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Longevity Among Hunter- Gatherers: A Cross-Cultural Examination

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  • Michael Gurven
  • Hillard Kaplan

Abstract

Post-reproductive longevity is a robust feature of human life and not only a recent phenomenon caused by improvements in sanitation, public health, and medical advances. We argue for an adaptive life span of 68-78 years for modern "Homo sapiens" based on our analysis of mortality profiles obtained from small-scale hunter-gatherer and horticultural populations from around the world. We compare patterns of survivorship across the life span, rates of senescence, modal ages at adult death, and causes of death. We attempt to reconcile our results with those derived from paleodemographic studies that characterize prehistoric human lives as "nasty, brutish, and short," and with observations of recent acculturation among contemporary subsistence populations. We integrate information on age-specific dependency and resource production to help explain the adaptive utility of longevity in humans from an evolutionary perspective. Copyright 2007 The Population Council, Inc..

Suggested Citation

  • Michael Gurven & Hillard Kaplan, 2007. "Longevity Among Hunter- Gatherers: A Cross-Cultural Examination," Population and Development Review, The Population Council, Inc., vol. 33(2), pages 321-365.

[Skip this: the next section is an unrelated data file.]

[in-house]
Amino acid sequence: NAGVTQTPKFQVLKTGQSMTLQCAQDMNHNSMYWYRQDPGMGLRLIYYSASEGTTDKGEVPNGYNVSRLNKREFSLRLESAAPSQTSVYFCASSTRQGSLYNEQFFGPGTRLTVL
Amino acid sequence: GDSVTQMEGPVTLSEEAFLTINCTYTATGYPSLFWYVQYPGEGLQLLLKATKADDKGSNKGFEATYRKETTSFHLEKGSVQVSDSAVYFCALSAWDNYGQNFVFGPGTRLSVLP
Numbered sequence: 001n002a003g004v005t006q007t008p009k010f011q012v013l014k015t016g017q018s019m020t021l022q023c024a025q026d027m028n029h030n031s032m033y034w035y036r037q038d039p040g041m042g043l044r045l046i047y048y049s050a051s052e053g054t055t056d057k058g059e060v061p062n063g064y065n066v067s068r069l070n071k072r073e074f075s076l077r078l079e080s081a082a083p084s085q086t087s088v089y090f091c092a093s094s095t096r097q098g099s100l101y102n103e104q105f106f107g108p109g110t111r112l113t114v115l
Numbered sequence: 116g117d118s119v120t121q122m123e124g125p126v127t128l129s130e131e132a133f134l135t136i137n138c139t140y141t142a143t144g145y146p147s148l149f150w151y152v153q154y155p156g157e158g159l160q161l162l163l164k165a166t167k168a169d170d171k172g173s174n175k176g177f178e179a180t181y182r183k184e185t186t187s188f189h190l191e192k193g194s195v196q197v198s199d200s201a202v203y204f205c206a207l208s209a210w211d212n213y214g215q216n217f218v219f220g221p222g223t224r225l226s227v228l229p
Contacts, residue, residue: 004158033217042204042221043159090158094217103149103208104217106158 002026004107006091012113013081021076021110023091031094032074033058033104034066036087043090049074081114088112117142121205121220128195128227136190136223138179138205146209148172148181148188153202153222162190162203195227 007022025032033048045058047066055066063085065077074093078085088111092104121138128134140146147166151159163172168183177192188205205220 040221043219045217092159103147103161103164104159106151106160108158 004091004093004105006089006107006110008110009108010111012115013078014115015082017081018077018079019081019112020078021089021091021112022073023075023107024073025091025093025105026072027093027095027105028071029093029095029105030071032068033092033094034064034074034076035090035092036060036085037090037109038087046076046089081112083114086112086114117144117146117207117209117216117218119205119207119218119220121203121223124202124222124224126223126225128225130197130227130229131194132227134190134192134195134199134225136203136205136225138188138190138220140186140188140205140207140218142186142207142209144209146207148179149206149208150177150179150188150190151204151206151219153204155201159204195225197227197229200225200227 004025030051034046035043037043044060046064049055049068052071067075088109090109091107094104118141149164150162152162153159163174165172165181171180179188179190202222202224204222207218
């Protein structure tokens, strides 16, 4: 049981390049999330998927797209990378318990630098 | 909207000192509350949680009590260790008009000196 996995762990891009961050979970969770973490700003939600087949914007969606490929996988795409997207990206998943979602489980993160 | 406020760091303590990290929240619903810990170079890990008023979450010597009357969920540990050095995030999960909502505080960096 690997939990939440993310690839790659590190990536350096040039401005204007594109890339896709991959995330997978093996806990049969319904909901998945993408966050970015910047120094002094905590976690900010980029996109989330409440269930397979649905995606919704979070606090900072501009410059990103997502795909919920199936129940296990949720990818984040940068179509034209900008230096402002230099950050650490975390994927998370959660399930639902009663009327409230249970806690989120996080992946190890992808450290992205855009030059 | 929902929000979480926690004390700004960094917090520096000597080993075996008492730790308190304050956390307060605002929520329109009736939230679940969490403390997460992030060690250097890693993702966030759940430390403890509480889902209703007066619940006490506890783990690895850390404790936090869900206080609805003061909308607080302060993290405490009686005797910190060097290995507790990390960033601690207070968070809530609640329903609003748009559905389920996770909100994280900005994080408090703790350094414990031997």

• Handle: RePEc:bla:popdev:v:33:y:2007:i:2:p:321-365
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    Citations

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    Cited by:

    1. Hillard Kaplan & Michael Gurven, 2008. "Top-down and bottom-up research in biodemography," Demographic Research, Max Planck Institute for Demographic Research, Rostock, Germany, vol. 19(44), pages 1587-1602, September.
    2. repec:eee:thpobi:v:90:y:2013:i:c:p:29-35 is not listed on IDEAS
    3. James R. Carey, 2008. "Biodemography: Research prospects and directions," Demographic Research, Max Planck Institute for Demographic Research, Rostock, Germany, vol. 19(50), pages 1749-1758, September.
    4. Arthur J. Robson & Larry Samuelson, 2009. "The Evolution of Time Preference with Aggregate Uncertainty," American Economic Review, American Economic Association, vol. 99(5), pages 1925-1953, December.
    5. repec:eee:thpobi:v:82:y:2012:i:4:p:364-376 is not listed on IDEAS
    6. repec:eee:tefoso:v:128:y:2018:i:c:p:296-303 is not listed on IDEAS
    7. Arthur Robson & Larry Samuelson, 2008. "The Evolution of Decision and Experienced Utilities," Cowles Foundation Discussion Papers 1678, Cowles Foundation for Research in Economics, Yale University, revised Feb 2010.
    8. Annette Baudisch & James W. Vaupel, 2009. "Senescence vs. sustenance: evolutionary-demographic models of aging," MPIDR Working Papers WP-2009-040, Max Planck Institute for Demographic Research, Rostock, Germany.
    9. Silke van Daalen & Hal Caswell, 2015. "Lifetime reproduction and the second demographic transition: Stochasticity and individual variation," Demographic Research, Max Planck Institute for Demographic Research, Rostock, Germany, vol. 33(20), pages 561-588, September.
    10. repec:spr:demogr:v:54:y:2017:i:3:d:10.1007_s13524-017-0569-z is not listed on IDEAS
    11. repec:eee:thpobi:v:88:y:2013:i:c:p:68-77 is not listed on IDEAS
    12. James W. Vaupel, 2009. "Lively Questions for Demographers about Death at Older Ages," Population and Development Review, The Population Council, Inc., vol. 35(2), pages 347-356.

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